Tag: cell phones

5G tower

Quack Book Reviews: EMF*D

Über-quack Dr. Joe Mercola recently published a book claiming that 5G is the cause of all manner of health problems. Unsurprisingly, it's full of bad science, pseudoscience, and unproven claims.

/ June 1, 2020
5G tower

COVID-19 conspiracy theories: Vaccines and 5G (along with Bill Gates) are responsible!

The COVID-19 pandemic will almost certainly wind up being by far the worst pandemic we have experienced in a century. Given a huge pandemic with tragic death tolls, it's not surprising that conspiracy theories are popping up. Here, we look at two of the most common kinds of COVID-19 conspiracy theories. One blames 5G. The other blames—of course!—the flu vaccine.

/ April 6, 2020

Electromagnetic Fields at Work Show No Brain Tumor Risk

A new study finds no significant correlation between workplace exposure to radio frequency (RF) or intermediate frequency (IF) electromagnetic waves and the most common brain tumors. This is more reassuring evidence that non-ionizing EMFs are probably safe.

/ August 1, 2018
Smart Phones

The Nation indulges in fear mongering about cell phones and cancer

An article published last week in the Nation likens wireless telephone companies to tobacco and fossil fuel episodes in their tactics of spreading fear, misinformation, and doubt regarding the science of cell phone radiation and health. To produce this narrative, the investigation's authors rely on unreliable sources and cherry pick scientific studies, ignoring the scientific consensus that cell phone radiation almost certainly...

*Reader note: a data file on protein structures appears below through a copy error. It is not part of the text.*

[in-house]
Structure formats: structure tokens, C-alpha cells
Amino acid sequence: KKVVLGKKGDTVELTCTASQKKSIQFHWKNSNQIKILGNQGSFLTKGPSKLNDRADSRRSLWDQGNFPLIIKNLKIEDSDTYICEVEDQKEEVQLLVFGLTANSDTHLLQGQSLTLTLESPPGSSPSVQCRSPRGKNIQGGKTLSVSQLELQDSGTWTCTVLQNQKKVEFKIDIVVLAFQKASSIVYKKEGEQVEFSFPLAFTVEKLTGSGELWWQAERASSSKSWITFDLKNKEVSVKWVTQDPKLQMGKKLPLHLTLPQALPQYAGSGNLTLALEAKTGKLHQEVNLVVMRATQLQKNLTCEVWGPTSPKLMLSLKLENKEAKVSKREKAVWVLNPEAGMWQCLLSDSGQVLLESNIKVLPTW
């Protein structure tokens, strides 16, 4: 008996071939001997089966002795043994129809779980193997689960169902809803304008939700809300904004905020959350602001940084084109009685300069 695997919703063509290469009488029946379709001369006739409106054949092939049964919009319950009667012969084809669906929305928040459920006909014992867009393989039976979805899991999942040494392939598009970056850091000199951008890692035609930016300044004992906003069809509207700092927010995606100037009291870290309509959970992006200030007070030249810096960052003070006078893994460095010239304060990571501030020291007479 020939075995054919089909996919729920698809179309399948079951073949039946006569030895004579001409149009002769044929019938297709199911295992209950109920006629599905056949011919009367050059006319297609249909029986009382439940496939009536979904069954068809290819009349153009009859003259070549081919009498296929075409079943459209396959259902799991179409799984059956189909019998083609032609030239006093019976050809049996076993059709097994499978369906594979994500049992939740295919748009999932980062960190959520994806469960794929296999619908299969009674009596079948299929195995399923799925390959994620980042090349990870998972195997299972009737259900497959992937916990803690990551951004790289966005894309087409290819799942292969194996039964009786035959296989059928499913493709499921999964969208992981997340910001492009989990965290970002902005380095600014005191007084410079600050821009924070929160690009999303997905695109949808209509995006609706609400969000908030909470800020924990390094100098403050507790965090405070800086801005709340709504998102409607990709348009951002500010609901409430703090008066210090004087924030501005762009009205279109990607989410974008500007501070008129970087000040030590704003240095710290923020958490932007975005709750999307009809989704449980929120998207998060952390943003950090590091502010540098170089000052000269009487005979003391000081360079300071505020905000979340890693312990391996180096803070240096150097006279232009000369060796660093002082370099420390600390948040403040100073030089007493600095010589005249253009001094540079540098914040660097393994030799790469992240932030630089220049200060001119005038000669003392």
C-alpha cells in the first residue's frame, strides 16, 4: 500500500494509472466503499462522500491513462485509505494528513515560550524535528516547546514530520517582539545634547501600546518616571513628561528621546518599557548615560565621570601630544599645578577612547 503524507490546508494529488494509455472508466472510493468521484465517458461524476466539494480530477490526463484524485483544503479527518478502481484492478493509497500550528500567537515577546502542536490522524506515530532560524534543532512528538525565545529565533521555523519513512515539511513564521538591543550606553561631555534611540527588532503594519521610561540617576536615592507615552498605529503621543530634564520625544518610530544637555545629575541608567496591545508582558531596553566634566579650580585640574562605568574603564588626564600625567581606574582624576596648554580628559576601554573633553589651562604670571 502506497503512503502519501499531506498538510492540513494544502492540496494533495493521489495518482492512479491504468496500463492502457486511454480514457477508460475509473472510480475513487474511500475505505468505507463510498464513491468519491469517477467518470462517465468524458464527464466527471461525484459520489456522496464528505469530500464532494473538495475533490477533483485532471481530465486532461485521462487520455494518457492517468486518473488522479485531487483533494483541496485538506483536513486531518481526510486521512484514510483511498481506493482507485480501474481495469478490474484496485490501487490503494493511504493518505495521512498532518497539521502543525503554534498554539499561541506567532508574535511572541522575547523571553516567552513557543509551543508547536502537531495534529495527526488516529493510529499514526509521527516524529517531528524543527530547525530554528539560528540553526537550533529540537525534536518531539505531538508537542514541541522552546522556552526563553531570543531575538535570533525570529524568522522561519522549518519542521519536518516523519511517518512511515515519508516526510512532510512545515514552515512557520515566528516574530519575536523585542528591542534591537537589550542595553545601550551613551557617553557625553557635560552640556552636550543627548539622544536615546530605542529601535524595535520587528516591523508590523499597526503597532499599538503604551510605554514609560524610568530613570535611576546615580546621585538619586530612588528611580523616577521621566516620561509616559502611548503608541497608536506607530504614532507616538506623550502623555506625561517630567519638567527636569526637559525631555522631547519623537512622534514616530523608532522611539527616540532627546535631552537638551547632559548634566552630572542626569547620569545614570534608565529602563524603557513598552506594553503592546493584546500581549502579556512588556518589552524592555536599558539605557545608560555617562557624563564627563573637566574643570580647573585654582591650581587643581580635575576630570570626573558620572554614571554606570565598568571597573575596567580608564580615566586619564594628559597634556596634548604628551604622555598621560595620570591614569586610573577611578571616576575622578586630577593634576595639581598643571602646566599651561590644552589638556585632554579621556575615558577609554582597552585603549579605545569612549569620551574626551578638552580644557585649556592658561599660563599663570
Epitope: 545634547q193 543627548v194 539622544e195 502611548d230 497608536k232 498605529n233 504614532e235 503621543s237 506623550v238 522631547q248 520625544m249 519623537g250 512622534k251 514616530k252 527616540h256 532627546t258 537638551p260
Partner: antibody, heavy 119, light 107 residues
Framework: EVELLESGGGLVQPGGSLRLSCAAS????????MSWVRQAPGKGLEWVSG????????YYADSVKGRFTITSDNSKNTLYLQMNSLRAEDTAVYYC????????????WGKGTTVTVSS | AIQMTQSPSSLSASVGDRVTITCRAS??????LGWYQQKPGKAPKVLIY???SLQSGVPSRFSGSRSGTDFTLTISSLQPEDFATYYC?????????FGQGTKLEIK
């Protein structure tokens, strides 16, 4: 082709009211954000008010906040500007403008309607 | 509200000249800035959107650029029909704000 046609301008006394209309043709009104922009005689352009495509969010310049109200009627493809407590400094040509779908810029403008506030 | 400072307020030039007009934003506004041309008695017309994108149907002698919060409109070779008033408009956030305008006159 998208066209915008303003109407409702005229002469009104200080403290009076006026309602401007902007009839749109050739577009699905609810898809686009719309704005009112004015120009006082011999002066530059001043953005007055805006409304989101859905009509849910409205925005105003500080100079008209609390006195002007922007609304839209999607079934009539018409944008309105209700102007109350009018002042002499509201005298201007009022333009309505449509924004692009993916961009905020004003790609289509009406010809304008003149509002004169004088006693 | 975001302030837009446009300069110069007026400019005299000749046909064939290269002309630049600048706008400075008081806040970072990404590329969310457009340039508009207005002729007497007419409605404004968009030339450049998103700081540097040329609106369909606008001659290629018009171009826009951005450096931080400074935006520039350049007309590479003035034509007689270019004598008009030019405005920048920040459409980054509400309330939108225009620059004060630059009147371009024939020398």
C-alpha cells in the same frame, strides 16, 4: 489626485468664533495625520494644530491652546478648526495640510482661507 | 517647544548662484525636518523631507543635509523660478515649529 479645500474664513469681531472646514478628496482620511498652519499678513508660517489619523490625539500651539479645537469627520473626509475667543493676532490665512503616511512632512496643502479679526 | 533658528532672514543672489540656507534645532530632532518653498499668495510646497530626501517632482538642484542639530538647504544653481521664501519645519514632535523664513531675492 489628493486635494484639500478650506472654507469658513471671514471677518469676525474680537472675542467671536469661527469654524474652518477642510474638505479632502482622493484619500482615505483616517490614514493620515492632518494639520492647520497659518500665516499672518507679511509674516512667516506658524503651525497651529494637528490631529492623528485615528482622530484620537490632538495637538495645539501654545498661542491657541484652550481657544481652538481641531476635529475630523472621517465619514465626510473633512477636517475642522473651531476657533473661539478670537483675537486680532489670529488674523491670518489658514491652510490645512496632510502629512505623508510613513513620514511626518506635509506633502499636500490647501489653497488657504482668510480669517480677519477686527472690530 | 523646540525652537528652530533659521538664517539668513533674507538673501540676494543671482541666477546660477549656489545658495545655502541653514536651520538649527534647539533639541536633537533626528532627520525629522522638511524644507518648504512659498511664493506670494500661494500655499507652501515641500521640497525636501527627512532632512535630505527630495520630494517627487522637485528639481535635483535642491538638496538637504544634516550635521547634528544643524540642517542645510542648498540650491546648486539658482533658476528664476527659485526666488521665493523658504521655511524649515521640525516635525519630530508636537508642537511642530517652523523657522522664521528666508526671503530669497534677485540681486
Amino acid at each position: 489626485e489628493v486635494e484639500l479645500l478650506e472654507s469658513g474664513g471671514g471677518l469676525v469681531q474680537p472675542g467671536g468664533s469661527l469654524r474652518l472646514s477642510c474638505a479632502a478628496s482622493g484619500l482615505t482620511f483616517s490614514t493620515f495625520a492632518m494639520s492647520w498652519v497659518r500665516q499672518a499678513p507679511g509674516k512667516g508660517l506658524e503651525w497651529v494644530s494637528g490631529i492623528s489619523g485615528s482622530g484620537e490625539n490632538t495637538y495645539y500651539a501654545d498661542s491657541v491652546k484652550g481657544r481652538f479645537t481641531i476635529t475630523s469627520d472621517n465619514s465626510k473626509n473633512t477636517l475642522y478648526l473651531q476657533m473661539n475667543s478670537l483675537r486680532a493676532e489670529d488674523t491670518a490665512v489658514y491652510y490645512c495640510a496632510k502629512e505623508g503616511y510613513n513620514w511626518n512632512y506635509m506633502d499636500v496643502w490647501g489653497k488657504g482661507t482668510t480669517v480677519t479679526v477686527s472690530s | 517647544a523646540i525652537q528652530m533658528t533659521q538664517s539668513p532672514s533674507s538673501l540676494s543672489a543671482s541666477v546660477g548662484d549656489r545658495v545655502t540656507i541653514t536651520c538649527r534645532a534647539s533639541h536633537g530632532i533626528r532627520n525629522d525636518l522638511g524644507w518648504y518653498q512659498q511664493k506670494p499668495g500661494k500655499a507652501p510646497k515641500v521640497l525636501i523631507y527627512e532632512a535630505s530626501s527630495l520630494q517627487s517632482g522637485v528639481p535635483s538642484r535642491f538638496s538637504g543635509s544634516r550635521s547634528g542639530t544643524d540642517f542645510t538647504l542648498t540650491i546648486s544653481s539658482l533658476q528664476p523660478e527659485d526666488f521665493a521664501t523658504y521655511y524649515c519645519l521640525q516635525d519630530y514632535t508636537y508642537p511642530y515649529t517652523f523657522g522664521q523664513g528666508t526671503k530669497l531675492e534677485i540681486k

/ April 2, 2018

Cell phones and cancer: random chance in clinical trials

The full results of the National Toxicology Program's study of cell phones and cancer are finally in. They are somewhat complicated, but ultimately do not support the idea that cell phones can cause cancer.

/ April 1, 2018

Why Do Things That Are Unlikely to Harm Us Get the Most Attention?

We are very bad at assessing risk, often giving the most attention to the things that are least likely to harm us. Geoffrey Kabat's new book teaches us how to think more clearly about scientific studies of environmental health risks.

/ February 28, 2017

No, a rat study with marginal results does not prove that cell phones cause cancer, no matter what Mother Jones and Consumer Reports say

There are certain myths that are frustratingly resistant to evidence, science, and reason. Some of these are basically medical conspiracy theories, where someone (industry and/or big pharma and/or physicians and/or the government) has slam-dunk evidence for harm but conspires to keep it from you, the people. For example, despite decades worth of negative studies, the belief that vaccines are harmful, causing conditions...

/ May 30, 2016

“Electromagnetic hypersensitivity” and “wifi allergies”: Bogus diagnoses with tragic real world consequences

"Electromagnetic hypersensitivity" and "wifi allergies" are two names given to a nonexistent medical condition in low energy electromagnetic fields like wifi are blamed for a variety of health conditions. This is a story in which the parents' insistence that their teenage daughter, who had posted threats to commit suicide on social media, had this condition appears to have interfered with seeking mental...

/ December 7, 2015

About that Cell Phone and Cancer Study

Recently there was another round of scaremongering headlines and articles claiming that cell phones can cause brain cancer. The Daily News wrote: “The scientists were right — your cell phone can give you cancer.” Many online news sites declared: “SHOCK STUDY: CELLPHONES CAN CAUSE CANCER,” in all caps to make sure you understand that you should be alarmed. None of the mainstream...

/ August 5, 2015

No, carrying your cell phone in your bra will not cause breast cancer, no matter what Dr. Oz says

I don’t think very highly of Dr. Oz. Yes, yes, I realize that saying that is akin to saying that water is wet, the sun rises in the east, and that it gets damned cold here in the upper Midwest in December, but there you go. This year, I’ve been mostly avoiding the now un-esteemed Dr. Mehmet Oz, a.k.a. “America’s doctor,” even...

/ December 16, 2013